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J. Two Prefixes

time limit per test

1 secondmemory limit per test

512 megabytesinput

standard inputoutput

standard outputMisha didn't do his math homework for today's lesson once again. As a punishment, his teacher Dr. Andrew decided to give him a hard, but very useless task.

Dr. Andrew has written two strings *s* and *t* of lowercase English letters at the blackboard. He reminded Misha that prefix of a string is a string formed by removing several (possibly none) of its last characters, and a concatenation of two strings is a string formed by appending the second string to the right of the first string.

The teacher asked Misha to write down on the blackboard all strings that are the concatenations of some non-empty prefix of *s* and some non-empty prefix of *t*. When Misha did it, Dr. Andrew asked him how many distinct strings are there. Misha spent almost the entire lesson doing that and completed the task.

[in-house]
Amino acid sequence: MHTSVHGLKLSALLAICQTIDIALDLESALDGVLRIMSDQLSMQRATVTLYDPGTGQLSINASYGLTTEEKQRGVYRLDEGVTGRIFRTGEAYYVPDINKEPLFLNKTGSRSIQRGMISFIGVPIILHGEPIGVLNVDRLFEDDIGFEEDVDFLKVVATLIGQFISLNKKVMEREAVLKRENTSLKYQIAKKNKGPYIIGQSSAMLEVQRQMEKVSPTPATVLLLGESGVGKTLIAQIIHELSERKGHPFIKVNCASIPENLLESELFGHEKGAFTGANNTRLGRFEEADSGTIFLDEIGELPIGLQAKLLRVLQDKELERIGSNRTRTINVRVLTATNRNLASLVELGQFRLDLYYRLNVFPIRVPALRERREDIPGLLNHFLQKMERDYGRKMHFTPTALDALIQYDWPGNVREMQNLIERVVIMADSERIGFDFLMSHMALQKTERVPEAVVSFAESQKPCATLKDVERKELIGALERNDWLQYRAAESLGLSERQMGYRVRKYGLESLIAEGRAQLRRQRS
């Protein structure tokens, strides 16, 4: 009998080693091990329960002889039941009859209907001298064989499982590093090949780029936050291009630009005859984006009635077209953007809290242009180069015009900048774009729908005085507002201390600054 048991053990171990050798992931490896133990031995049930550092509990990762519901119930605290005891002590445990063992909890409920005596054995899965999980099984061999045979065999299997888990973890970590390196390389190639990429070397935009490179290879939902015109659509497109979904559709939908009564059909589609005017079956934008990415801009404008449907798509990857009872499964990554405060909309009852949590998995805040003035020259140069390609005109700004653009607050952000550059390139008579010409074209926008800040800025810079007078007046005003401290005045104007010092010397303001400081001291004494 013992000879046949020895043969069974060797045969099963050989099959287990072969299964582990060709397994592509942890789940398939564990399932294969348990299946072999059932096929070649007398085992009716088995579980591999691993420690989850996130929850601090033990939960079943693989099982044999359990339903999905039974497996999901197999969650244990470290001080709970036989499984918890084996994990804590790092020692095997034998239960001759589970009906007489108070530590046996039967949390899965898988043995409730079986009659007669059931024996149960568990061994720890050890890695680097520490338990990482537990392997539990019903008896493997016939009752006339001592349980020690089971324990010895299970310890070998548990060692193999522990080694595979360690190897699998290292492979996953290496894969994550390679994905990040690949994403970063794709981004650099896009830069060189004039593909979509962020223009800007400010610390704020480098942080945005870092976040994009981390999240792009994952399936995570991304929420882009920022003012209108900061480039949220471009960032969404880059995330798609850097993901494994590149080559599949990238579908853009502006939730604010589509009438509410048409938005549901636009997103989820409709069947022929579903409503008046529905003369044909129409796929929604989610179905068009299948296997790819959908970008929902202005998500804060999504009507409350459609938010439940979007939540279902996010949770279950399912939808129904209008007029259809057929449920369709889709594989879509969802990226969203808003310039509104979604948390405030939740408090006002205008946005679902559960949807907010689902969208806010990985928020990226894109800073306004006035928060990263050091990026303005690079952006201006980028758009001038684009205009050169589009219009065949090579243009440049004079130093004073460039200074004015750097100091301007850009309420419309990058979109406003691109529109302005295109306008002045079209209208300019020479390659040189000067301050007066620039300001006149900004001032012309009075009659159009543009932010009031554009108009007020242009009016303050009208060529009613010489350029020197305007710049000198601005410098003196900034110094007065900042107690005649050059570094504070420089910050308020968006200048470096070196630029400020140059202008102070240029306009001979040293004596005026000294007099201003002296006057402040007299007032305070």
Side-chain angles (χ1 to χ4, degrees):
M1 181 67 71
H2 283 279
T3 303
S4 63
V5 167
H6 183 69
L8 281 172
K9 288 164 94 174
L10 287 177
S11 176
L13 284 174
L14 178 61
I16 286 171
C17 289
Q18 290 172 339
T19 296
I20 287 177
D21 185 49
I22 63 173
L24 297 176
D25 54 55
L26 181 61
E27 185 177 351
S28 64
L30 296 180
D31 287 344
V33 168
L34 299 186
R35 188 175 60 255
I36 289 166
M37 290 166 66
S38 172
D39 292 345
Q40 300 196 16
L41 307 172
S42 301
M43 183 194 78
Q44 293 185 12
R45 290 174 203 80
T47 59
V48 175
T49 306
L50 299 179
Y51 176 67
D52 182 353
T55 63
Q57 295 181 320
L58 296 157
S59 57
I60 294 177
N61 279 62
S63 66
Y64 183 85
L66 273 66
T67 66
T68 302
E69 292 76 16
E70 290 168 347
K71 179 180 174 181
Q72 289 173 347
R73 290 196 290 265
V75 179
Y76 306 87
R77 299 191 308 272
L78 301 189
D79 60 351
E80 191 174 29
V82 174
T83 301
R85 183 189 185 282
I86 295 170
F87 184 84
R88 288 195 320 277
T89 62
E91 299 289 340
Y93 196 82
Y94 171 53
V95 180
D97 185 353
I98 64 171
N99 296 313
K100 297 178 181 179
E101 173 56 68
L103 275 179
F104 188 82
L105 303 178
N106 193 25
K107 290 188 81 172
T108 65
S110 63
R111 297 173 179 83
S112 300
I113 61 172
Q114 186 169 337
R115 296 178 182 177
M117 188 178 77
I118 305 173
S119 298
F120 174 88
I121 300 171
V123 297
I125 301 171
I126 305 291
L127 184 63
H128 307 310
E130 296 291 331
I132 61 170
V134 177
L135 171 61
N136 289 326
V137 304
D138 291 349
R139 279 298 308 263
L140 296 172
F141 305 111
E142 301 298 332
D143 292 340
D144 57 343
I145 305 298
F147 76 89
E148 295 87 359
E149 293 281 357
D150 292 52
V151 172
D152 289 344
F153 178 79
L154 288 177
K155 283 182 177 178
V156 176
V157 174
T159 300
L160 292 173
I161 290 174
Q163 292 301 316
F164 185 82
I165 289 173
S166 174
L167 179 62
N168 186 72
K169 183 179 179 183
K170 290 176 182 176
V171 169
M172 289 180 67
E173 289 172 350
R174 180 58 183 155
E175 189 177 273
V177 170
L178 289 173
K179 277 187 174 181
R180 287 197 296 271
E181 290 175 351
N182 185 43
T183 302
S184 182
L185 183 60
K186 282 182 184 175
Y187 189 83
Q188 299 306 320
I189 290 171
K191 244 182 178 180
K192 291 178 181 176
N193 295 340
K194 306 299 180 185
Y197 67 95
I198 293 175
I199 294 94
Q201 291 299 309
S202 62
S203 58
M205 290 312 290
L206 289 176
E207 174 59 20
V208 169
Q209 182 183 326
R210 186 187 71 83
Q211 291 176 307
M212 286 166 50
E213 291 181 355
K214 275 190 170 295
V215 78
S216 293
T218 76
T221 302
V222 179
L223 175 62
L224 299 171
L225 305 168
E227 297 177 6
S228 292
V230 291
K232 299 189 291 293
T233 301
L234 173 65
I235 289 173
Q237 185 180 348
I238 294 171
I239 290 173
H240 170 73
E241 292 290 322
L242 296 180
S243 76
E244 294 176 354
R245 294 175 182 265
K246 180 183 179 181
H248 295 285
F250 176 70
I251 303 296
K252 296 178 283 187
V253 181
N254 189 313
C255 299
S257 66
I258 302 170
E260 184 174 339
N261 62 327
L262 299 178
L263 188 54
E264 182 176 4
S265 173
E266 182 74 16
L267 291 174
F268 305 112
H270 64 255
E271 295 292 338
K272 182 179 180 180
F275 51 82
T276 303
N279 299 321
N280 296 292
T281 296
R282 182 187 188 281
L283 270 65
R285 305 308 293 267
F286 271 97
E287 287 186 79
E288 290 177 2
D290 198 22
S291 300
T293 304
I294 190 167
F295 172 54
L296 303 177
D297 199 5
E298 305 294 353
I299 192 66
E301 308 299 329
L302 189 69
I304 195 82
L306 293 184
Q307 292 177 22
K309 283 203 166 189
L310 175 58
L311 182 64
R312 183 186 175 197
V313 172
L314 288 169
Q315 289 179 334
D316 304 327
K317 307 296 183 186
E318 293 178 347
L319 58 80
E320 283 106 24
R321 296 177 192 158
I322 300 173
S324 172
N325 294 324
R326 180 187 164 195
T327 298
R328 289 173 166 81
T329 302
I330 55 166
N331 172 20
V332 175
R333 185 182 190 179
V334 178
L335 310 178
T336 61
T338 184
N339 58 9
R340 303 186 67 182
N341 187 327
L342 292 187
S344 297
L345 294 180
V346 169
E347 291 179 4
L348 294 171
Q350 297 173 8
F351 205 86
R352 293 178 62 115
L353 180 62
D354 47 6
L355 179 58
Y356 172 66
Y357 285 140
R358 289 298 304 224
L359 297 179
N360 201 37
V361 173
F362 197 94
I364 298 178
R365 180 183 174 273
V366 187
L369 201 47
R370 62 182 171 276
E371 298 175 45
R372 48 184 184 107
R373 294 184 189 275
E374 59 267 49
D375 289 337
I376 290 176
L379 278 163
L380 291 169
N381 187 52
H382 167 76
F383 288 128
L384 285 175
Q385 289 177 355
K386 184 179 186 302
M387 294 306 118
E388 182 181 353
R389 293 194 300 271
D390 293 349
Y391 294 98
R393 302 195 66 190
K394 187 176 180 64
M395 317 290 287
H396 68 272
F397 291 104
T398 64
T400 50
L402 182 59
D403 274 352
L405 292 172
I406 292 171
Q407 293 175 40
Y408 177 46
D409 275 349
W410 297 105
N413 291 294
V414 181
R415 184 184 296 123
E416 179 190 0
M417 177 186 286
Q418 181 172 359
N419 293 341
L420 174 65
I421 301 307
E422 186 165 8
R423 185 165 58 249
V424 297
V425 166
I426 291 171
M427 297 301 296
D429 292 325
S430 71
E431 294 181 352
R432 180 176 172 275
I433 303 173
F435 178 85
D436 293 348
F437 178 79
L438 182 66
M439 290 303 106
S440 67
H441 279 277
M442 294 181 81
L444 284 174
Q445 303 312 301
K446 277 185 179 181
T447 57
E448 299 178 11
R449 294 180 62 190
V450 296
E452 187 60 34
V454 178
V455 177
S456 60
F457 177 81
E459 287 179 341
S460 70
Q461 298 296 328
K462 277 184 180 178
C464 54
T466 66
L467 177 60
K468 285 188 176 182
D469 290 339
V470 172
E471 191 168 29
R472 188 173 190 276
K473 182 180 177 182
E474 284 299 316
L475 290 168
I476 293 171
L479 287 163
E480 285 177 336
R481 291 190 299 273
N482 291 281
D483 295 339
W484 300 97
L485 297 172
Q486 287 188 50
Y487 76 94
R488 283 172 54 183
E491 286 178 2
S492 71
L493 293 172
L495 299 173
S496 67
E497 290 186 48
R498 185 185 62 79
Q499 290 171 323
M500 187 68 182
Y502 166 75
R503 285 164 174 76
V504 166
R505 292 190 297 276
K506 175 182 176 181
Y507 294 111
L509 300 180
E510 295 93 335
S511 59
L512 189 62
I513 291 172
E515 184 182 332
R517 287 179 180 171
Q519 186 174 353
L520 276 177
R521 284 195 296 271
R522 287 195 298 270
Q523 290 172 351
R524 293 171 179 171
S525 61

Now he asks you to write a program that would do this task automatically.

Input

The first line contains the string *s* consisting of lowercase English letters. The second line contains the string *t* consisting of lowercase English letters.

The lengths of both string do not exceed 10^{5}.

Output

Output a single integer — the number of distinct strings that are concatenations of some non-empty prefix of *s* with some non-empty prefix of *t*.

Examples

Input

aba

aa

Output

5

Input

aaaaa

aaaa

Output

8

Note

In the first example, the string *s* has three non-empty prefixes: {a, ab, aba}. The string *t* has two non-empty prefixes: {a, aa}. In total, Misha has written five distinct strings: {aa, aaa, aba, abaa, abaaa}. The string abaa has been written twice.

In the second example, Misha has written eight distinct strings: {aa, aaa, aaaa, aaaaa, aaaaaa, aaaaaaa, aaaaaaaa, aaaaaaaaa}.

Codeforces (c) Copyright 2010-2019 Mike Mirzayanov

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